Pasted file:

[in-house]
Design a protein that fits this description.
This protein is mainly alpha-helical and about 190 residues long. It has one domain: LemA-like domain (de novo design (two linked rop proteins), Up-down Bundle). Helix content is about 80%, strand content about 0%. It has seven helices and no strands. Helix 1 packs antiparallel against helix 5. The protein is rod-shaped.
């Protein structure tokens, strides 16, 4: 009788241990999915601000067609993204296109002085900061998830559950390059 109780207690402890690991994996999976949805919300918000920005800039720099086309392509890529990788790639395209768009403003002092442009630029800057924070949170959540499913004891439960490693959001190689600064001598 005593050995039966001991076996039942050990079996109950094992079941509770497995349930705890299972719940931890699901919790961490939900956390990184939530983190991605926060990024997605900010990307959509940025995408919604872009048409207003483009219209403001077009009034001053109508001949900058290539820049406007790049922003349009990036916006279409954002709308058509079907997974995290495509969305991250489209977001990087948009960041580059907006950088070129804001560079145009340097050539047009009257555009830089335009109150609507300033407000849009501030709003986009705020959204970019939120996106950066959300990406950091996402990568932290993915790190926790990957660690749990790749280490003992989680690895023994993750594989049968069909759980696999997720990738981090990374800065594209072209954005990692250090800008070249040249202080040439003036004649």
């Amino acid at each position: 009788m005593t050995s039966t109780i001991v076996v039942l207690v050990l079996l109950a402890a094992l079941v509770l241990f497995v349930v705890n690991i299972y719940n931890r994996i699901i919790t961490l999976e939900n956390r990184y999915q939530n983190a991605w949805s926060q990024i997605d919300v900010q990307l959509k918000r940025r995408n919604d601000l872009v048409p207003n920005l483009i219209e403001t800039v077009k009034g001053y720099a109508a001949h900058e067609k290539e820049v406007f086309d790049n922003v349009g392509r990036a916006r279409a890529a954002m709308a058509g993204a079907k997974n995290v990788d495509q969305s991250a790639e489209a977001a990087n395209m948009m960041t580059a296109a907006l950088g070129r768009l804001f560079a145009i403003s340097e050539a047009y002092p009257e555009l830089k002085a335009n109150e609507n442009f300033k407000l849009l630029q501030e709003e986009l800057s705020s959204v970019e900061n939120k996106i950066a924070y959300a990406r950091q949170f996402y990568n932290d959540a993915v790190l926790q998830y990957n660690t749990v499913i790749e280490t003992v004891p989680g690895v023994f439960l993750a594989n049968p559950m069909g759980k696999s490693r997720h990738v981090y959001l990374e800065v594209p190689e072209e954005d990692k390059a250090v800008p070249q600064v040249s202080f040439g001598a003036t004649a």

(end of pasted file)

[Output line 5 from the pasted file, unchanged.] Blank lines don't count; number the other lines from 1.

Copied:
């Amino acid at each position: 009788m005593t050995s039966t109780i001991v076996v039942l207690v050990l079996l109950a402890a094992l079941v509770l241990f497995v349930v705890n690991i299972y719940n931890r994996i699901i919790t961490l999976e939900n956390r990184y999915q939530n983190a991605w949805s926060q990024i997605d919300v900010q990307l959509k918000r940025r995408n919604d601000l872009v048409p207003n920005l483009i219209e403001t800039v077009k009034g001053y720099a109508a001949h900058e067609k290539e820049v406007f086309d790049n922003v349009g392509r990036a916006r279409a890529a954002m709308a058509g993204a079907k997974n995290v990788d495509q969305s991250a790639e489209a977001a990087n395209m948009m960041t580059a296109a907006l950088g070129r768009l804001f560079a145009i403003s340097e050539a047009y002092p009257e555009l830089k002085a335009n109150e609507n442009f300033k407000l849009l630029q501030e709003e986009l800057s705020s959204v970019e900061n939120k996106i950066a924070y959300a990406r950091q949170f996402y990568n932290d959540a993915v790190l926790q998830y990957n660690t749990v499913i790749e280490t003992v004891p989680g690895v023994f439960l993750a594989n049968p559950m069909g759980k696999s490693r997720h990738v981090y959001l990374e800065v594209p190689e072209e954005d990692k390059a250090v800008p070249q600064v040249s202080f040439g001598a003036t004649a």